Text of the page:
Pullquote and table that appeared on page 15:

All eyes turn to Amity

While town budgets await a voter-approved Amity line item, the ABOE comes under scrutiny

By Sheila McCreven-Helfenbein, Correspondent

Published in the May 23, 2002 edition of The Bulletin

Front page (and inset of page 3) of the May 23, 2002 edition of the local weekly newspaper ‘The Bulletin.’Page one story reports the resignation of ABOE chairman Michael Lohne.

As residents of Bethany, Orange and Woodbridge took part in each towns' Annual Town Meeting on Monday to finalize the approval of next year's town budgets, they were confronted with one missing piece.

The Amity Board of Education's budget line item typically represents up to one third of each town's budget. But nearly two weeks after the regional school district's budget referendum was defeated by fully 83 percent of tri-town voters, there remains a big blank space where this number should plug into the town budgets.

Woodbridge First Selectman Amey Marrella told the crowd assembled for the ATM, "Because there is no approved Amity budget, without this figure we do not know how much to tax our residents."

In response to questions from the audience, Marrella explained, "At this point we will wait until June 5th to set the mill rate and generate tax bills scheduled to go out July 1st. But if {the next scheduled Amity Budget Referendum, June 4th} goes down to defeat we won't know what to charge," she said.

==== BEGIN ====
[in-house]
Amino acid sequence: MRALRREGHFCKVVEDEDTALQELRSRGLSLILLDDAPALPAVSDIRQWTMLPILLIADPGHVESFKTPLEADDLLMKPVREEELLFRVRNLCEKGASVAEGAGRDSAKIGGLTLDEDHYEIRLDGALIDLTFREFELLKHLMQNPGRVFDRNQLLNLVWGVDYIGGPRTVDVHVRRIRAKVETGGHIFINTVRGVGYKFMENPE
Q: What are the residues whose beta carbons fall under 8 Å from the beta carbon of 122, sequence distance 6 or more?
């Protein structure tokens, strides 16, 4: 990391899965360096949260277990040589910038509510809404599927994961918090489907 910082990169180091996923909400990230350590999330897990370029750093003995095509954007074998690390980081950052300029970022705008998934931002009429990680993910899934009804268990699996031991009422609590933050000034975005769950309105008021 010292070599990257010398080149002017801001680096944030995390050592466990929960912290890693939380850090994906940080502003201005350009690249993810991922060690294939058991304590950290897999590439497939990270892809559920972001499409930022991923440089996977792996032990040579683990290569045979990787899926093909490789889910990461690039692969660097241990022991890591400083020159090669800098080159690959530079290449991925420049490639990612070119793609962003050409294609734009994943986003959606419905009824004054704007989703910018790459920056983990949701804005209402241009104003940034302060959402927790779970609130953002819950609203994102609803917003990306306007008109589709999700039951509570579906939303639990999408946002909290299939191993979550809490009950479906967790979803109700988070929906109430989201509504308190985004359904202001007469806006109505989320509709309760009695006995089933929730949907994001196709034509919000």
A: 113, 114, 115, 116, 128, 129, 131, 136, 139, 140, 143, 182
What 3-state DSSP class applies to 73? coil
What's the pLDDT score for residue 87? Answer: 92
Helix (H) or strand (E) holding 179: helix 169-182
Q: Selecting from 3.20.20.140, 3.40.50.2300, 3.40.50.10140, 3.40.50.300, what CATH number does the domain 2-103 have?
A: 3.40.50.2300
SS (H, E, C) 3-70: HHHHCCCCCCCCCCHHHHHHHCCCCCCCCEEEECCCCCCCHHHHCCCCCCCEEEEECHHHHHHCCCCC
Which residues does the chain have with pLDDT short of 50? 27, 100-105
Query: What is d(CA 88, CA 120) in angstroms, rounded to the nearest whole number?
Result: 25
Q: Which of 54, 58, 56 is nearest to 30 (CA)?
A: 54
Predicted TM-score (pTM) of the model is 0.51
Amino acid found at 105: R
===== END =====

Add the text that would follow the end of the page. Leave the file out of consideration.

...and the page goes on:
Marrella continued, "We have discussed the situation with Region 17, who have had previous problems with referendum failures, and we will continue to look into options."

Other Woodbridge residents wanted an explanation for why the Amity district was now reporting a surplus. Board of Finance Chairman Matthew Giglietti explained that the estimate of the expected shortfall for the remaining six months of the school year prepared for the special December Budget Referendum appears now to be inaccurate.

"I think the number for the December Referendum was too high," Giglietti told the crowd of approximately 85 in attendance at the ATM.

Giglietti went on to report that he had just come from an ABOE Budget Committee meeting that was still in progress. He described a "barrage of questions the Budget Committee is facing, as we speak."